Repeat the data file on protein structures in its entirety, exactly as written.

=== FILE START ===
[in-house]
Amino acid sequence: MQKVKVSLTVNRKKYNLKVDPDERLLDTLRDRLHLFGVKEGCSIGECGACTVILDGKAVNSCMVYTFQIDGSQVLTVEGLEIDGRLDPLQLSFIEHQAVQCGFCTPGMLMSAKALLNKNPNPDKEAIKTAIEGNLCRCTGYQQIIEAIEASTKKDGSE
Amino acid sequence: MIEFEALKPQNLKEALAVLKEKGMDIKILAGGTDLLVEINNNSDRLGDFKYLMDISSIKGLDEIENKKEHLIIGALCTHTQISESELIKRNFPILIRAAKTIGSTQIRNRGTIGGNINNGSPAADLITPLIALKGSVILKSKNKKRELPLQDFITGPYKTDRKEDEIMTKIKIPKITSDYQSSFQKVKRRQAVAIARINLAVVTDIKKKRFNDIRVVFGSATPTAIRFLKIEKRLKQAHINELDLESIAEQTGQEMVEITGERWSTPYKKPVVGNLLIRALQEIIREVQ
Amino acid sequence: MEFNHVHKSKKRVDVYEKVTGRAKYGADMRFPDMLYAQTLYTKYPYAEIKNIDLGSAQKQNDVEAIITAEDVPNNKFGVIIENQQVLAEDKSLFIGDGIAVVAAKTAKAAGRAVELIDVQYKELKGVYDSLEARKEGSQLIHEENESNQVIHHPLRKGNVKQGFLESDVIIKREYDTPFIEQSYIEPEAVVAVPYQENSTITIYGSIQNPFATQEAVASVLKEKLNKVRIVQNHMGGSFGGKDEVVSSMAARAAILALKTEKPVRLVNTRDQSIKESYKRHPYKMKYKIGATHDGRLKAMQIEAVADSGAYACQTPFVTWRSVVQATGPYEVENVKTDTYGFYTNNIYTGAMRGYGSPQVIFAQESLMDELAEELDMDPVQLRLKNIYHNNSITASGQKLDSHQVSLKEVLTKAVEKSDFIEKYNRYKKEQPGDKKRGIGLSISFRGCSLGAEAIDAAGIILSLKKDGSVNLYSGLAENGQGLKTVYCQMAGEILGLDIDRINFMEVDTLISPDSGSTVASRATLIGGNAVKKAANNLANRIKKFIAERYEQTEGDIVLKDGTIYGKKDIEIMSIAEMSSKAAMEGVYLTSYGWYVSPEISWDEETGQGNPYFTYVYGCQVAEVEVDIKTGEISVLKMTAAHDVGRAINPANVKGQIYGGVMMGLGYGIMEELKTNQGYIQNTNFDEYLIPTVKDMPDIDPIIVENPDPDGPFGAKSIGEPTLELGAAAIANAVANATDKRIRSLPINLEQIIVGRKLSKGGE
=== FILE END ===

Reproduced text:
[in-house]
Amino acid sequence: MQKVKVSLTVNRKKYNLKVDPDERLLDTLRDRLHLFGVKEGCSIGECGACTVILDGKAVNSCMVYTFQIDGSQVLTVEGLEIDGRLDPLQLSFIEHQAVQCGFCTPGMLMSAKALLNKNPNPDKEAIKTAIEGNLCRCTGYQQIIEAIEASTKKDGSE
Amino acid sequence: MIEFEALKPQNLKEALAVLKEKGMDIKILAGGTDLLVEINNNSDRLGDFKYLMDISSIKGLDEIENKKEHLIIGALCTHTQISESELIKRNFPILIRAAKTIGSTQIRNRGTIGGNINNGSPAADLITPLIALKGSVILKSKNKKRELPLQDFITGPYKTDRKEDEIMTKIKIPKITSDYQSSFQKVKRRQAVAIARINLAVVTDIKKKRFNDIRVVFGSATPTAIRFLKIEKRLKQAHINELDLESIAEQTGQEMVEITGERWSTPYKKPVVGNLLIRALQEIIREVQ
Amino acid sequence: MEFNHVHKSKKRVDVYEKVTGRAKYGADMRFPDMLYAQTLYTKYPYAEIKNIDLGSAQKQNDVEAIITAEDVPNNKFGVIIENQQVLAEDKSLFIGDGIAVVAAKTAKAAGRAVELIDVQYKELKGVYDSLEARKEGSQLIHEENESNQVIHHPLRKGNVKQGFLESDVIIKREYDTPFIEQSYIEPEAVVAVPYQENSTITIYGSIQNPFATQEAVASVLKEKLNKVRIVQNHMGGSFGGKDEVVSSMAARAAILALKTEKPVRLVNTRDQSIKESYKRHPYKMKYKIGATHDGRLKAMQIEAVADSGAYACQTPFVTWRSVVQATGPYEVENVKTDTYGFYTNNIYTGAMRGYGSPQVIFAQESLMDELAEELDMDPVQLRLKNIYHNNSITASGQKLDSHQVSLKEVLTKAVEKSDFIEKYNRYKKEQPGDKKRGIGLSISFRGCSLGAEAIDAAGIILSLKKDGSVNLYSGLAENGQGLKTVYCQMAGEILGLDIDRINFMEVDTLISPDSGSTVASRATLIGGNAVKKAANNLANRIKKFIAERYEQTEGDIVLKDGTIYGKKDIEIMSIAEMSSKAAMEGVYLTSYGWYVSPEISWDEETGQGNPYFTYVYGCQVAEVEVDIKTGEISVLKMTAAHDVGRAINPANVKGQIYGGVMMGLGYGIMEELKTNQGYIQNTNFDEYLIPTVKDMPDIDPIIVENPDPDGPFGAKSIGEPTLELGAAAIANAVANATDKRIRSLPINLEQIIVGRKLSKGGE